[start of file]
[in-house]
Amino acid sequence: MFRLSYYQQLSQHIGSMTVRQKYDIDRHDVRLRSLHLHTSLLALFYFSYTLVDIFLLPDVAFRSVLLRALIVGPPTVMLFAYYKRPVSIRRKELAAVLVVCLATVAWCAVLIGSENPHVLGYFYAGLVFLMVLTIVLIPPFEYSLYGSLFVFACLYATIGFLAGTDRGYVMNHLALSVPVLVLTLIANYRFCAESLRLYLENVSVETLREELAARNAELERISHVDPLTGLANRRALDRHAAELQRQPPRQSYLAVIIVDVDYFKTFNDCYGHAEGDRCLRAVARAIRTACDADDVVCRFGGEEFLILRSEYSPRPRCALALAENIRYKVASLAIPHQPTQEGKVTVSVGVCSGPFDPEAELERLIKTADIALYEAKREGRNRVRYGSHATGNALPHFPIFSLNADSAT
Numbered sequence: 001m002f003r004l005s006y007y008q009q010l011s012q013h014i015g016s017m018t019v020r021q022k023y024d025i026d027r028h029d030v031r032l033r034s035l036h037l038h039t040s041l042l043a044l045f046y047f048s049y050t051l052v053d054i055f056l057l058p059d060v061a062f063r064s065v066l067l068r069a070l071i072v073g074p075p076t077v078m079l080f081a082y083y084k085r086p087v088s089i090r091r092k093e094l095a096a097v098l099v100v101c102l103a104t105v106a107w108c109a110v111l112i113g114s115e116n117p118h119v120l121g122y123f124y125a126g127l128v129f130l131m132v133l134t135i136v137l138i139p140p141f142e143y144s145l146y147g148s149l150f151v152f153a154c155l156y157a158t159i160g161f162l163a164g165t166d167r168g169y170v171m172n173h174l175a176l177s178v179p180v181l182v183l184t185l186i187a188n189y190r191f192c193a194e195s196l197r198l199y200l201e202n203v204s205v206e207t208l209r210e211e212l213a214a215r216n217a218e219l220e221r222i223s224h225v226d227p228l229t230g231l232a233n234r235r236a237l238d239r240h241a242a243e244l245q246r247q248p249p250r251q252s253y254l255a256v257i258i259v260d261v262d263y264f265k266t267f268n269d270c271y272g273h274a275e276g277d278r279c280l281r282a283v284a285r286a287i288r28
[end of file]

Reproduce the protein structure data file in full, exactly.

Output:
[in-house]
Amino acid sequence: MFRLSYYQQLSQHIGSMTVRQKYDIDRHDVRLRSLHLHTSLLALFYFSYTLVDIFLLPDVAFRSVLLRALIVGPPTVMLFAYYKRPVSIRRKELAAVLVVCLATVAWCAVLIGSENPHVLGYFYAGLVFLMVLTIVLIPPFEYSLYGSLFVFACLYATIGFLAGTDRGYVMNHLALSVPVLVLTLIANYRFCAESLRLYLENVSVETLREELAARNAELERISHVDPLTGLANRRALDRHAAELQRQPPRQSYLAVIIVDVDYFKTFNDCYGHAEGDRCLRAVARAIRTACDADDVVCRFGGEEFLILRSEYSPRPRCALALAENIRYKVASLAIPHQPTQEGKVTVSVGVCSGPFDPEAELERLIKTADIALYEAKREGRNRVRYGSHATGNALPHFPIFSLNADSAT
Numbered sequence: 001m002f003r004l005s006y007y008q009q010l011s012q013h014i015g016s017m018t019v020r021q022k023y024d025i026d027r028h029d030v031r032l033r034s035l036h037l038h039t040s041l042l043a044l045f046y047f048s049y050t051l052v053d054i055f056l057l058p059d060v061a062f063r064s065v066l067l068r069a070l071i072v073g074p075p076t077v078m079l080f081a082y083y084k085r086p087v088s089i090r091r092k093e094l095a096a097v098l099v100v101c102l103a104t105v106a107w108c109a110v111l112i113g114s115e116n117p118h119v120l121g122y123f124y125a126g127l128v129f130l131m132v133l134t135i136v137l138i139p140p141f142e143y144s145l146y147g148s149l150f151v152f153a154c155l156y157a158t159i160g161f162l163a164g165t166d167r168g169y170v171m172n173h174l175a176l177s178v179p180v181l182v183l184t185l186i187a188n189y190r191f192c193a194e195s196l197r198l199y200l201e202n203v204s205v206e207t208l209r210e211e212l213a214a215r216n217a218e219l220e221r222i223s224h225v226d227p228l229t230g231l232a233n234r235r236a237l238d239r240h241a242a243e244l245q246r247q248p249p250r251q252s253y254l255a256v257i258i259v260d261v262d263y264f265k266t267f268n269d270c271y272g273h274a275e276g277d278r279c280l281r282a283v284a285r286a287i288r28